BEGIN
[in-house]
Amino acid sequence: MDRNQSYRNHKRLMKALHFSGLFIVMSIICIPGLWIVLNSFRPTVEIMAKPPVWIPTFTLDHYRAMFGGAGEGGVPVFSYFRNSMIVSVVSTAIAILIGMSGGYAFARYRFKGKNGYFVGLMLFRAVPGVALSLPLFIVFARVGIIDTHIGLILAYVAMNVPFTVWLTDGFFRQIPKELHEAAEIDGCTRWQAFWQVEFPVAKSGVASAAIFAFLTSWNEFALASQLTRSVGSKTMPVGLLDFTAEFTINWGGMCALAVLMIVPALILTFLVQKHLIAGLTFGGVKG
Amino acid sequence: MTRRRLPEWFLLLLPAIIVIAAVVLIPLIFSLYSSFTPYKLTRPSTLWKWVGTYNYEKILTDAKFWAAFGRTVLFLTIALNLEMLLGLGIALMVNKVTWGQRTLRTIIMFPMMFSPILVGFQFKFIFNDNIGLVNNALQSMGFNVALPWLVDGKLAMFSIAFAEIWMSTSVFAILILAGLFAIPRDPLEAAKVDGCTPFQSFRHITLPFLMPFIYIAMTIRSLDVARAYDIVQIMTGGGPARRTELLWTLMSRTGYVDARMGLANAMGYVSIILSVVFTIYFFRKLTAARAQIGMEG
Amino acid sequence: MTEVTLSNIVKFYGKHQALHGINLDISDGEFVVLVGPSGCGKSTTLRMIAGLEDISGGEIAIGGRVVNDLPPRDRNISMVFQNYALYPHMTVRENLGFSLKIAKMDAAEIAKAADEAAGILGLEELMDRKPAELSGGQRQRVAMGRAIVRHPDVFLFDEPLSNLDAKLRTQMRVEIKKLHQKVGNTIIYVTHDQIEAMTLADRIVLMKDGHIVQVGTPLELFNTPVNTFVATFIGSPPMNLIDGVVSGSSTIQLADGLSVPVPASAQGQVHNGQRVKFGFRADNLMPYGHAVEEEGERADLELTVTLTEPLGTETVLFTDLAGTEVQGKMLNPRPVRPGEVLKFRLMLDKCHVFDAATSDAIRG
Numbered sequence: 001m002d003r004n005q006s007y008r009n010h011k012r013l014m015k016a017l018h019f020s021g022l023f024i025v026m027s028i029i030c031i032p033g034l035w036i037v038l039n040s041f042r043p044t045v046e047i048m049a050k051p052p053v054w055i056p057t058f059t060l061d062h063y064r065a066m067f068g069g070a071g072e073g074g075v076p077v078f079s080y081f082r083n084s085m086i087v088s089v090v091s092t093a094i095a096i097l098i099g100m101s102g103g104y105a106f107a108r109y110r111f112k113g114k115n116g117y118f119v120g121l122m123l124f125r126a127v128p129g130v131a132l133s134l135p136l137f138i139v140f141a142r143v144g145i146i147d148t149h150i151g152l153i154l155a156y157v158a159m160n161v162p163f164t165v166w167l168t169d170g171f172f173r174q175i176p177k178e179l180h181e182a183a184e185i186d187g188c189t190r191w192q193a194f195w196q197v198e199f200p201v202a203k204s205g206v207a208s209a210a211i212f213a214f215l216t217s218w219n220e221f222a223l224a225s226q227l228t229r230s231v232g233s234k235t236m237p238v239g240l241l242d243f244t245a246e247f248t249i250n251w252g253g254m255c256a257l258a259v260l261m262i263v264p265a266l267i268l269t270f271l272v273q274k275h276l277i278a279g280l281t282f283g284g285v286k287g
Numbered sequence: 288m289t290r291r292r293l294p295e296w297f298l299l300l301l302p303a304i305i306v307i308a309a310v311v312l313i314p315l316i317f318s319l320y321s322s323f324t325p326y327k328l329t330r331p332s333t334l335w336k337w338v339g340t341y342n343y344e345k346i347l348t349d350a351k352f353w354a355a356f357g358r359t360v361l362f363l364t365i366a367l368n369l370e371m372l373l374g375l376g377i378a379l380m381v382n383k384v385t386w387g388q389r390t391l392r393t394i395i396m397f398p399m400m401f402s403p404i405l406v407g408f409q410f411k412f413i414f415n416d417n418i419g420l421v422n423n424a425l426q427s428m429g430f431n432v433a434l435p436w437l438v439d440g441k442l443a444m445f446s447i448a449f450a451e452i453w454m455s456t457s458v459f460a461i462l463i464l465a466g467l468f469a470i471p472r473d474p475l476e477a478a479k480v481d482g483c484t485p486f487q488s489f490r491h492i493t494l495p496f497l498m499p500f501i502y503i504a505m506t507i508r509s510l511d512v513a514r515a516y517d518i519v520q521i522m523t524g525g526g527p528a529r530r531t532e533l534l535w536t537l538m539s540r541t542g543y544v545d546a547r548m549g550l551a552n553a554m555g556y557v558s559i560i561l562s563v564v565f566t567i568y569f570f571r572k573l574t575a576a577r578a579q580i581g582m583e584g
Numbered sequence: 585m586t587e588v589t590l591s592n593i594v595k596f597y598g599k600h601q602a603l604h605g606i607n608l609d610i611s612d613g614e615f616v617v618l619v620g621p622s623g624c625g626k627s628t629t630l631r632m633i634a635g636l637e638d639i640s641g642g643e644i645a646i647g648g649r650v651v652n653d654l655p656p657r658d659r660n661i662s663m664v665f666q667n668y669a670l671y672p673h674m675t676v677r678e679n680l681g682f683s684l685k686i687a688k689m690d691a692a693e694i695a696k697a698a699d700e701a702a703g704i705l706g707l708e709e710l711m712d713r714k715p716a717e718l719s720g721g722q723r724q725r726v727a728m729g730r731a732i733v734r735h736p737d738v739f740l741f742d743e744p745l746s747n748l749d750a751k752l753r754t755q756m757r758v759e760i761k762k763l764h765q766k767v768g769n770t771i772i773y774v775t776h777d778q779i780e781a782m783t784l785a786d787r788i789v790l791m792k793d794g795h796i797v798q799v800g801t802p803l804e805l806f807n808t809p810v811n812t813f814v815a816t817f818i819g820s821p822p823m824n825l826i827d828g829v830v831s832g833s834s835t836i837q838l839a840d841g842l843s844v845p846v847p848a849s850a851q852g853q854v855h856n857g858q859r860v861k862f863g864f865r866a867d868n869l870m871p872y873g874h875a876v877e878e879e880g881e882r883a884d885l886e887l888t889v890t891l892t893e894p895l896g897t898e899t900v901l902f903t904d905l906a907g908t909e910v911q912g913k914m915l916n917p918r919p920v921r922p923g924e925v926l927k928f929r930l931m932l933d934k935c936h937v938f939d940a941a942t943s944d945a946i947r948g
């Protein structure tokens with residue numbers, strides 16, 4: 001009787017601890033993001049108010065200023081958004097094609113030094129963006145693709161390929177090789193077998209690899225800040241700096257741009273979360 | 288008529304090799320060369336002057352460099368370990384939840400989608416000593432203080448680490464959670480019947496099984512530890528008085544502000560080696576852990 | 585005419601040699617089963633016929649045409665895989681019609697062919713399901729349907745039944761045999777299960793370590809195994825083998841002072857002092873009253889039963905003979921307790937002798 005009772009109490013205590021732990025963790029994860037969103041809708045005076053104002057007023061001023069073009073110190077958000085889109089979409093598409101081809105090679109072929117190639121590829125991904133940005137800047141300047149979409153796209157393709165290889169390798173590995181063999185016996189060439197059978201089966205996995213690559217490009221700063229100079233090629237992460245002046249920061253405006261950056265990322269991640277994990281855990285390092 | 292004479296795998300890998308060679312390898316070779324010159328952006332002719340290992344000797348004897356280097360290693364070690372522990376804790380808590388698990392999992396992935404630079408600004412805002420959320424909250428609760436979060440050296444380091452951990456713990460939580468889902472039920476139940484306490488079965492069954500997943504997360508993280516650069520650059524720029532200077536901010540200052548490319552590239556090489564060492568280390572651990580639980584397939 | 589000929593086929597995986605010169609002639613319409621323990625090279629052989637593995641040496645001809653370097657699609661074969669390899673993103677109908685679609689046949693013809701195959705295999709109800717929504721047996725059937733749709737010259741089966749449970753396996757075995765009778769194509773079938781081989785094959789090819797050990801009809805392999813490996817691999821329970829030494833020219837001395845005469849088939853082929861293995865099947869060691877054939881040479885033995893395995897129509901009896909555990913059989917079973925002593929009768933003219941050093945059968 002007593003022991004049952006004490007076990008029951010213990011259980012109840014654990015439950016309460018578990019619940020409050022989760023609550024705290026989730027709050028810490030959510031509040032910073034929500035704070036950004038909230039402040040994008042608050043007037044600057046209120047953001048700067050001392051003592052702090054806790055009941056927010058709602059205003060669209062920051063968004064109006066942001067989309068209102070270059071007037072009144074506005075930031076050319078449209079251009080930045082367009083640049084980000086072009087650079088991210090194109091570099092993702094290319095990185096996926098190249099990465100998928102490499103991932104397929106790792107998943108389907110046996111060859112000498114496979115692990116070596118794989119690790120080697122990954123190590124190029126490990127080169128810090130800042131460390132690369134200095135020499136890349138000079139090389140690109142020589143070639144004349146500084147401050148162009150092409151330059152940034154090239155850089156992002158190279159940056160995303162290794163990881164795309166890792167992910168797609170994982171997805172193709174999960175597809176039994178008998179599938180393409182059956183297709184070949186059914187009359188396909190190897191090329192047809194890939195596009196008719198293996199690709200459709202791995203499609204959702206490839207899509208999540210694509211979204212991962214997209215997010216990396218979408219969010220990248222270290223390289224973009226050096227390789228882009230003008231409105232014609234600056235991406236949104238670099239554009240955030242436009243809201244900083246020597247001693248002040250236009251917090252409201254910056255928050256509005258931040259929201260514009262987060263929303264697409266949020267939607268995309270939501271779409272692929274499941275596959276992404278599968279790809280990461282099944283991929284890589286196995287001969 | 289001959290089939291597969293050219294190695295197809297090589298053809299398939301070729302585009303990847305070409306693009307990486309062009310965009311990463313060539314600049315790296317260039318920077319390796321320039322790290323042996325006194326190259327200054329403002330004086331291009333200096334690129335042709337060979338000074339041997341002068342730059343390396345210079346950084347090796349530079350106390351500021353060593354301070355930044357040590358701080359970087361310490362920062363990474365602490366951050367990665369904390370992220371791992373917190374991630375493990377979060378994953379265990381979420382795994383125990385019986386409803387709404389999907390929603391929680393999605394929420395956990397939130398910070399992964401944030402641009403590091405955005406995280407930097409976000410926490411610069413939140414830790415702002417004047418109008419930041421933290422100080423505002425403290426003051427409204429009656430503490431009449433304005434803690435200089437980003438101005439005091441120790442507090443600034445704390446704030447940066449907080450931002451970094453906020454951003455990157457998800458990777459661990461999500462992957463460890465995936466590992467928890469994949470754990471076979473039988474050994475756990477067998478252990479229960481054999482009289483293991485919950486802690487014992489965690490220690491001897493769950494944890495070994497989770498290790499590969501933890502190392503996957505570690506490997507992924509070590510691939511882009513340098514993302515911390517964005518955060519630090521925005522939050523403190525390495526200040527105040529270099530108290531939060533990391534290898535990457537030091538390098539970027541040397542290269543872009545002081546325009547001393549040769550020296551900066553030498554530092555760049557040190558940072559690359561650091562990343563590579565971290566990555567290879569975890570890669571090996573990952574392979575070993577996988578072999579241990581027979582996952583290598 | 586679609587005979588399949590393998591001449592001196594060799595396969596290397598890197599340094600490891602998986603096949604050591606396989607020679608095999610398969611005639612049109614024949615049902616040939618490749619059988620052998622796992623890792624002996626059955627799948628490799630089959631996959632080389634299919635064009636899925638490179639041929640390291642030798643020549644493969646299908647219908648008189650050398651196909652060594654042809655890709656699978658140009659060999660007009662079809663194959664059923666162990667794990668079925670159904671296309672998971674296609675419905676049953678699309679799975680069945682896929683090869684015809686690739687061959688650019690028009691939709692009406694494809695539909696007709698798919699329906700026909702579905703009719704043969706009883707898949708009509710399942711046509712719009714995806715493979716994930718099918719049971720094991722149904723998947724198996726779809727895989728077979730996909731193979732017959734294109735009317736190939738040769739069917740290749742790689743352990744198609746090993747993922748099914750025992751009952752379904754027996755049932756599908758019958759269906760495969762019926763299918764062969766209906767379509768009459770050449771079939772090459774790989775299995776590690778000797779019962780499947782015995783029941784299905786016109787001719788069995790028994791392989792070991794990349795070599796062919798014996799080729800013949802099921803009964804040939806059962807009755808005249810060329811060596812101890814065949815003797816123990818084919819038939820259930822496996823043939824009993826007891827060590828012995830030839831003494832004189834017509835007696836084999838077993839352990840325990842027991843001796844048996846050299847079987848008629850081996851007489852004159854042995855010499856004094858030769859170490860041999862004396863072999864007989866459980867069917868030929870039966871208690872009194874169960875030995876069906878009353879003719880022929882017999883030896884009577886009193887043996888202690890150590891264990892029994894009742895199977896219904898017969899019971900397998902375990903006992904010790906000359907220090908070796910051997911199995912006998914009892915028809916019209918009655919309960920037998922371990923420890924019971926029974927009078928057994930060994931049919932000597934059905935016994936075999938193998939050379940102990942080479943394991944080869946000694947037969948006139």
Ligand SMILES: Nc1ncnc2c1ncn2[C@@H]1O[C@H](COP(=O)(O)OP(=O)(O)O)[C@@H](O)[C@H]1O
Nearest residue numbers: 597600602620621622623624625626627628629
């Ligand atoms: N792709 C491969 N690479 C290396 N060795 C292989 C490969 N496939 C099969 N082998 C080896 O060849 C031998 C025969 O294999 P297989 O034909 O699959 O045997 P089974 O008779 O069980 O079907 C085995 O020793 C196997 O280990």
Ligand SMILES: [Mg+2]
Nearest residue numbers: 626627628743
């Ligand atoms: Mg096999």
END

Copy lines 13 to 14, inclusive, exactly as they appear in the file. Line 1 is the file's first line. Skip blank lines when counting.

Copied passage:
Nearest residue numbers: 626627628743
């Ligand atoms: Mg096999």